As Facebook continues to battle allegations of voter fraud and the manipulation of the 2016 US election, it seems that trust in the ubiquitous social media platform could be flagging.
Behind the headlines, however, Facebook are continuing to file patents to increase its ability to utilise personal data for advertising purposes. On 15 November, a new patent application from Facebook was published, showing technology that would make it simpler for the platform to target families and extended connections with advertising.
Detailed identification tools
The application was filed on 10 May and describes an algorithm that can identify different elements in photos. Details covered include faces, shapes and other specifics. Facebook aims to harvest this data and use it to build a profile of the whole household.
If they go ahead with the system, it would work with the family targeting programme the network announced in 2017. This already allows Facebook to analyse information to work who lives with the user. By checking the relationships users list on their Facebook profile, analysing surnames and locations, event check-ins and shared life events it decides who lives in groups and households.
The new patent describes a system that would take this even further. It talks about an extremely sophisticated way of mining data, by cross-referencing tagged photos, descriptions typed by the user, the user’s IP address, the number of Facebook user also posting from that IP address and possibly even more details. Facebook will use this to work out who lives in a household and will then categorise the householders into different demographics. These are based on age, gender, socioeconomic status and more.
Piecing together household members
What does this mean? Essentially, that Facebook may be able to work out who is in your household and family even if you never mention them on the platform. An example given by Facebook describes a man who posts lots of pictures of two women who repeatedly appear in either his photos or those his friends tag him in.
One of the pictures includes a single young girl, described by the user as ‘my angel’. Facebook’s proposed algorithms would use this to work out that this household comprises three people, one man and two women. It would further deduce that the women are most likely his wife and daughter.
While this deduction may or may not be accurate, it would still allow advertisers to target the user with ads aimed at those demographics. This applies even if he had never listed his wife and daughter on his profile at all, or that they don’t even use the platform themselves.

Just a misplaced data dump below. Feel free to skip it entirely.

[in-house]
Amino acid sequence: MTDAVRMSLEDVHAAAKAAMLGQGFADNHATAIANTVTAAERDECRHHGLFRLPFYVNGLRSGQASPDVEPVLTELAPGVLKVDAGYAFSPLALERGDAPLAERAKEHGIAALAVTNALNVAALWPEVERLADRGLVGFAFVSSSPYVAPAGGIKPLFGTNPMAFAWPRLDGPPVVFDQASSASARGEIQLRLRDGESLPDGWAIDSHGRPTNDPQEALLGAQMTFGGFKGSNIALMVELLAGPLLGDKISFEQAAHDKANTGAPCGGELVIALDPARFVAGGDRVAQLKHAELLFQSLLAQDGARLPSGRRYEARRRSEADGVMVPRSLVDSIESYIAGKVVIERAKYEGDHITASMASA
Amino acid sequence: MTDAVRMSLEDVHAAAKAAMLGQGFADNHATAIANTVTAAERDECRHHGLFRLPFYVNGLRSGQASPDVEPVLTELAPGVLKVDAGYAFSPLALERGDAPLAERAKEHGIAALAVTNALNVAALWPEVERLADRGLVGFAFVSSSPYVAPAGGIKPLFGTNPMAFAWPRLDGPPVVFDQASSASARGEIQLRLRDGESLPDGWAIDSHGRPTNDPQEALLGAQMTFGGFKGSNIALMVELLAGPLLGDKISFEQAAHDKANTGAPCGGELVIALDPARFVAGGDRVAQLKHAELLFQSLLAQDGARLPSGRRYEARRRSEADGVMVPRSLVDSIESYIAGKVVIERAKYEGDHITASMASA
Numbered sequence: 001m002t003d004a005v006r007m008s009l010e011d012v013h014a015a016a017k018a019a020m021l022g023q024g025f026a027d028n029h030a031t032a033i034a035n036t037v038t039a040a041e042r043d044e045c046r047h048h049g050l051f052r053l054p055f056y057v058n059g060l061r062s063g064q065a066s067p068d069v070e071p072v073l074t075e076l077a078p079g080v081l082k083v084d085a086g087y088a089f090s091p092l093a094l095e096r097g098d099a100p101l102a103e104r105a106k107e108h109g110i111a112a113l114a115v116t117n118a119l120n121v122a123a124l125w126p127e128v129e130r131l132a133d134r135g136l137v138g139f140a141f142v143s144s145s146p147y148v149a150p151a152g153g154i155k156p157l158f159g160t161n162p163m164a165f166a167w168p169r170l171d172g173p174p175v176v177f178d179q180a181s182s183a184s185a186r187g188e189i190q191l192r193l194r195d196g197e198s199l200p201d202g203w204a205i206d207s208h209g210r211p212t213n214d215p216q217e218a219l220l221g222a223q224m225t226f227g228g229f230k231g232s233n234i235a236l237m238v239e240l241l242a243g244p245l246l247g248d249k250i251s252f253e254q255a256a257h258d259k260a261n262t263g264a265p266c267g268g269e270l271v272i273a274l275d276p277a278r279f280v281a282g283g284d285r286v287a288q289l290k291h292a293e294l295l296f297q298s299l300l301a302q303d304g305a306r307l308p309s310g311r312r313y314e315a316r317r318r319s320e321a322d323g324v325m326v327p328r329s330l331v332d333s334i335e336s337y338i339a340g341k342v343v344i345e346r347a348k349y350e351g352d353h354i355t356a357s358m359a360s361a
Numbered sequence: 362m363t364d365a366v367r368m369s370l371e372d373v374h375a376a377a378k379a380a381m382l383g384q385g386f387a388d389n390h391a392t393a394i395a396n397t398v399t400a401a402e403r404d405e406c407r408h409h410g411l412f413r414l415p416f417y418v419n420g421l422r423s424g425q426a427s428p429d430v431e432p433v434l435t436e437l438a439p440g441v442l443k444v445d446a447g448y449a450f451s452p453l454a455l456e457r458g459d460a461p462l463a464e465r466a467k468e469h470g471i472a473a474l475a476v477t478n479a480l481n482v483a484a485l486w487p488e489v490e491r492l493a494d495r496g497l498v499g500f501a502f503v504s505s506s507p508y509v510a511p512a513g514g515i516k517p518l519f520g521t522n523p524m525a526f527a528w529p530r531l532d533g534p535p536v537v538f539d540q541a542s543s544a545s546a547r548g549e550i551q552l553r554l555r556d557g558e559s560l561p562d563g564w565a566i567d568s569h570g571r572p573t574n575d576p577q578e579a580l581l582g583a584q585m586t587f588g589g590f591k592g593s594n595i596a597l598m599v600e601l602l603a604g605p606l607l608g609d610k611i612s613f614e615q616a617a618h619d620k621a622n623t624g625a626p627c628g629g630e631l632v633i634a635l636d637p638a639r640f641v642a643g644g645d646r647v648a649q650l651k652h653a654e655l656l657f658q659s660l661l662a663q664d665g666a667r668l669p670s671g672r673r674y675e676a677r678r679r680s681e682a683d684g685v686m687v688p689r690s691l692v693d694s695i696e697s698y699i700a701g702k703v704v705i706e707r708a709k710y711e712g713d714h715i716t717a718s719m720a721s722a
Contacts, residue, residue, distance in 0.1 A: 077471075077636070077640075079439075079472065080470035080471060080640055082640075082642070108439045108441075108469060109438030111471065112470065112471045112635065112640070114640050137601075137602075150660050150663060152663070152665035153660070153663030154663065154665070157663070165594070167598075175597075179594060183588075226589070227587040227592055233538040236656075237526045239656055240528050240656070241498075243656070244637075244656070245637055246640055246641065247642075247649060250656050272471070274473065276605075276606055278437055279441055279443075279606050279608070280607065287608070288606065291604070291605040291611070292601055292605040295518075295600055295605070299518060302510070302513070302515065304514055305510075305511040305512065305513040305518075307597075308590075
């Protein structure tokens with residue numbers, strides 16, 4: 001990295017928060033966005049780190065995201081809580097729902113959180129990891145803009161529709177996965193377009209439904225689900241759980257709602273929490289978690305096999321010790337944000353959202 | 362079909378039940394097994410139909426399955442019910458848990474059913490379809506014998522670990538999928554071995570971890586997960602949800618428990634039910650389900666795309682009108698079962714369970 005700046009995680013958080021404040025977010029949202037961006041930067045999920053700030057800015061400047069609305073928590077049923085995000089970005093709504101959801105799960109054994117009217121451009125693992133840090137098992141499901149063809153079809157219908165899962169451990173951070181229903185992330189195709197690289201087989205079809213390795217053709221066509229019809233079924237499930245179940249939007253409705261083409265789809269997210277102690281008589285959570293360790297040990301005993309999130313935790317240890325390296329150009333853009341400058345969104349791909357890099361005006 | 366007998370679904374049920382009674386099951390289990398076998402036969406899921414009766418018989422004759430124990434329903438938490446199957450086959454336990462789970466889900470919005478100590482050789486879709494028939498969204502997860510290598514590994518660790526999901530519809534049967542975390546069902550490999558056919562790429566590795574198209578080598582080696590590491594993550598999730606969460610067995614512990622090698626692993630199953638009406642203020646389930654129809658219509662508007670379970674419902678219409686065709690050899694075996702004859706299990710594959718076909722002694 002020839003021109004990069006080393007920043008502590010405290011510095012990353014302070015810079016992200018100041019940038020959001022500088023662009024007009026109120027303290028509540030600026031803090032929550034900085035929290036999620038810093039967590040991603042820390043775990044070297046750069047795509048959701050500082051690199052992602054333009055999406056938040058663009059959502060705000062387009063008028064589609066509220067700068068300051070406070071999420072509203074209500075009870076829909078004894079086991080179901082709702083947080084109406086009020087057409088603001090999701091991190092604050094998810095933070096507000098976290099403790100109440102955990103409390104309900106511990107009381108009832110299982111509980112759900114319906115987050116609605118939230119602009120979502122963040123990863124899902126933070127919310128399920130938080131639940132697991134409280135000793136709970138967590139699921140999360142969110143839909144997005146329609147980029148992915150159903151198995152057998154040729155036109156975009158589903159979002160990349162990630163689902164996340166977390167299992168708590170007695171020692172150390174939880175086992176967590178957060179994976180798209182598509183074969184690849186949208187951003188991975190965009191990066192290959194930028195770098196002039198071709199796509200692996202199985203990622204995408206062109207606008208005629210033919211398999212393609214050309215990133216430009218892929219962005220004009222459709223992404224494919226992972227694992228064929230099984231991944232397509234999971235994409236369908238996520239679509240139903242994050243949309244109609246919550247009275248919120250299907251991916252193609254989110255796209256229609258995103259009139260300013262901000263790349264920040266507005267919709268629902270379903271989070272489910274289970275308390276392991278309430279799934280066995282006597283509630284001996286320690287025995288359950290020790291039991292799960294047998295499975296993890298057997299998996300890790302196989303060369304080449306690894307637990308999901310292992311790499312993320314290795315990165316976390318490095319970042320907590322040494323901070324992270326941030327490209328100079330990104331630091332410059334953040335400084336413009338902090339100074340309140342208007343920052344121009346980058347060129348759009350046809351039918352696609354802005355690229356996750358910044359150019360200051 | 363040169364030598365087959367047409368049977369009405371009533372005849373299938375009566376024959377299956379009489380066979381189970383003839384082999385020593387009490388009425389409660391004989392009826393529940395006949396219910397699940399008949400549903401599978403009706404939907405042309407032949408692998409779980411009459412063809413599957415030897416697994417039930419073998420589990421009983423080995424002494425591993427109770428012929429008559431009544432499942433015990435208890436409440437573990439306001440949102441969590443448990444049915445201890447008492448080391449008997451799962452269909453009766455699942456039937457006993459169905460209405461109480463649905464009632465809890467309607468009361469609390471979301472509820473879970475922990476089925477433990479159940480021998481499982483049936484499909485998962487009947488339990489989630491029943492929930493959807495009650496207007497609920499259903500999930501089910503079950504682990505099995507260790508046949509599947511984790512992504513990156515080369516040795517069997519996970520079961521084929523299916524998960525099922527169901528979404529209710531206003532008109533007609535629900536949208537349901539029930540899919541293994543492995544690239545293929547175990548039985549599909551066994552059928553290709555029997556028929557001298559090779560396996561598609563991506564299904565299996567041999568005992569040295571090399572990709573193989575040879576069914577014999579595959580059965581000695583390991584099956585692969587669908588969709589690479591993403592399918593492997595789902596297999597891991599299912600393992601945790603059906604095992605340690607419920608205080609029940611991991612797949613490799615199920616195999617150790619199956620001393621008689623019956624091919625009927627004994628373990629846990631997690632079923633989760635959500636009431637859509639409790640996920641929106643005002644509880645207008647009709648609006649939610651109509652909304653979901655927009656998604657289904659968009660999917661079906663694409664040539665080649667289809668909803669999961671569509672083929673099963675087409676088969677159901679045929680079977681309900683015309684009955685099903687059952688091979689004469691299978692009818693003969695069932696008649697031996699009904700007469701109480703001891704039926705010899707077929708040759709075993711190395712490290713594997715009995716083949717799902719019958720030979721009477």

The claims in the patent are very broad, making it difficult to know how specific the system will be. It could be very detailed, and involve cross-referencing faces, or cover a more comprehensive level of data by analysing photographs for other evidence.
Facebook applied for an earlier patent that talked about using smartphone microphones to work out the TV shows users watch and use that to target ads. This was published in June 2018 and shows just how many ways the platform is trialling to mine user data.
In the latest patent, Facebook describes ‘demographic composition’, but doesn’t explain what this covers. It does describe targeting users based on the size of their household, the characteristics of the household members, any shared interests and which household members use electronic devices.
Facebook heavily advertises and emphasises how it ‘brings families together’. Its recently launched Portal home video chat platform is aimed at connecting family members. This smart display device features a microphone that’s always listening and a camera that’s always watching. It also features advanced AI tracking in the ‘smart camera’, which identifies users with a system called ‘2D Pose’ rather than facial recognition.
The company has said that it may use call and app data from Portal users to target advertising on other platforms, which further complicates things for those concerned about data privacy.
The newest patent covers photographs posted by users, rather than any content from private messaging systems or videos. And, of course, we mustn’t forget that many tech companies file patents that never come to fruition. While the latest patent suggests that Facebook more than likely could use your Bonfire Night photos to target you with Christmas sales, we don’t know whether it actually will.
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